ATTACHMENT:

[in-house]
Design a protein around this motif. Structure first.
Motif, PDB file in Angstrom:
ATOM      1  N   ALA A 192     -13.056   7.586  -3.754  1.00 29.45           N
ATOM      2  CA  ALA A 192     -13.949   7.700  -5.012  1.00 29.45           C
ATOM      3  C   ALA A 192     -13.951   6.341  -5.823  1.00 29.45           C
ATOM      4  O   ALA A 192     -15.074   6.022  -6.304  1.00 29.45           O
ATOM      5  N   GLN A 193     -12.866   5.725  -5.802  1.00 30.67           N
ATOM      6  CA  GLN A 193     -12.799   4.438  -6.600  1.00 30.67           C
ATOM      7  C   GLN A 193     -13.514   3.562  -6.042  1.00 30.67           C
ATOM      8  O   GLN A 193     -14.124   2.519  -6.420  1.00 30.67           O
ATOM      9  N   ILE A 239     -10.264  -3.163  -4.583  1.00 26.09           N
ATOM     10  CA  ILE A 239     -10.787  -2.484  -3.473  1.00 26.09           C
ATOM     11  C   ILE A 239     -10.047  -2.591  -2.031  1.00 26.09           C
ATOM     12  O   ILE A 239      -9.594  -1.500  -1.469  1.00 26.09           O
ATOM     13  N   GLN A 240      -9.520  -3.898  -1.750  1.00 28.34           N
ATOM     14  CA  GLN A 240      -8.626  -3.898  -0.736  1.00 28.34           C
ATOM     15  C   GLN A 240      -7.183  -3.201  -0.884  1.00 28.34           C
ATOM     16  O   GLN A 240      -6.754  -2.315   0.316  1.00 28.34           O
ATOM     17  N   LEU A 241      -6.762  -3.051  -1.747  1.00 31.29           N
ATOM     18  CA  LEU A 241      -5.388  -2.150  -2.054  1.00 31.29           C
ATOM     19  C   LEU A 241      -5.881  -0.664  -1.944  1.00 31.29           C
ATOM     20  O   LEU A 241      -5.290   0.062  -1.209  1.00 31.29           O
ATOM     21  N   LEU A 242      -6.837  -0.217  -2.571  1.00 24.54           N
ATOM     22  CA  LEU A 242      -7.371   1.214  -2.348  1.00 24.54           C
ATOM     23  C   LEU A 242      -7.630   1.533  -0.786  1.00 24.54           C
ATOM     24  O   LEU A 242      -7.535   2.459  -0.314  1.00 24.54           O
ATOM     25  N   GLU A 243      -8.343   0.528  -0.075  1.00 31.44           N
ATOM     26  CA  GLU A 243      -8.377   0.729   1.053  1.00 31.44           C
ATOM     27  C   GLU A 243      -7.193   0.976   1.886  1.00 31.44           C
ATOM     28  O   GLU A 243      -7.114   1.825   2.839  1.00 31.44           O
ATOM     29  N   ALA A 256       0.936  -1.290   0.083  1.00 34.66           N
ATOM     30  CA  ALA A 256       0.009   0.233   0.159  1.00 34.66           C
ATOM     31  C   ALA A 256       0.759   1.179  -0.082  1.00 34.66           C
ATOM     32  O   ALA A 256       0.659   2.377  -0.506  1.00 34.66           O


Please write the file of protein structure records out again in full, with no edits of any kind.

[in-house]
Design a protein around this motif. Structure first.
Motif, PDB file in Angstrom:
ATOM      1  N   ALA A 192     -13.056   7.586  -3.754  1.00 29.45           N
ATOM      2  CA  ALA A 192     -13.949   7.700  -5.012  1.00 29.45           C
ATOM      3  C   ALA A 192     -13.951   6.341  -5.823  1.00 29.45           C
ATOM      4  O   ALA A 192     -15.074   6.022  -6.304  1.00 29.45           O
ATOM      5  N   GLN A 193     -12.866   5.725  -5.802  1.00 30.67           N
ATOM      6  CA  GLN A 193     -12.799   4.438  -6.600  1.00 30.67           C
ATOM      7  C   GLN A 193     -13.514   3.562  -6.042  1.00 30.67           C
ATOM      8  O   GLN A 193     -14.124   2.519  -6.420  1.00 30.67           O
ATOM      9  N   ILE A 239     -10.264  -3.163  -4.583  1.00 26.09           N
ATOM     10  CA  ILE A 239     -10.787  -2.484  -3.473  1.00 26.09           C
ATOM     11  C   ILE A 239     -10.047  -2.591  -2.031  1.00 26.09           C
ATOM     12  O   ILE A 239      -9.594  -1.500  -1.469  1.00 26.09           O
ATOM     13  N   GLN A 240      -9.520  -3.898  -1.750  1.00 28.34           N
ATOM     14  CA  GLN A 240      -8.626  -3.898  -0.736  1.00 28.34           C
ATOM     15  C   GLN A 240      -7.183  -3.201  -0.884  1.00 28.34           C
ATOM     16  O   GLN A 240      -6.754  -2.315   0.316  1.00 28.34           O
ATOM     17  N   LEU A 241      -6.762  -3.051  -1.747  1.00 31.29           N
ATOM     18  CA  LEU A 241      -5.388  -2.150  -2.054  1.00 31.29           C
ATOM     19  C   LEU A 241      -5.881  -0.664  -1.944  1.00 31.29           C
ATOM     20  O   LEU A 241      -5.290   0.062  -1.209  1.00 31.29           O
ATOM     21  N   LEU A 242      -6.837  -0.217  -2.571  1.00 24.54           N
ATOM     22  CA  LEU A 242      -7.371   1.214  -2.348  1.00 24.54           C
ATOM     23  C   LEU A 242      -7.630   1.533  -0.786  1.00 24.54           C
ATOM     24  O   LEU A 242      -7.535   2.459  -0.314  1.00 24.54           O
ATOM     25  N   GLU A 243      -8.343   0.528  -0.075  1.00 31.44           N
ATOM     26  CA  GLU A 243      -8.377   0.729   1.053  1.00 31.44           C
ATOM     27  C   GLU A 243      -7.193   0.976   1.886  1.00 31.44           C
ATOM     28  O   GLU A 243      -7.114   1.825   2.839  1.00 31.44           O
ATOM     29  N   ALA A 256       0.936  -1.290   0.083  1.00 34.66           N
ATOM     30  CA  ALA A 256       0.009   0.233   0.159  1.00 34.66           C
ATOM     31  C   ALA A 256       0.759   1.179  -0.082  1.00 34.66           C
ATOM     32  O   ALA A 256       0.659   2.377  -0.506  1.00 34.66           O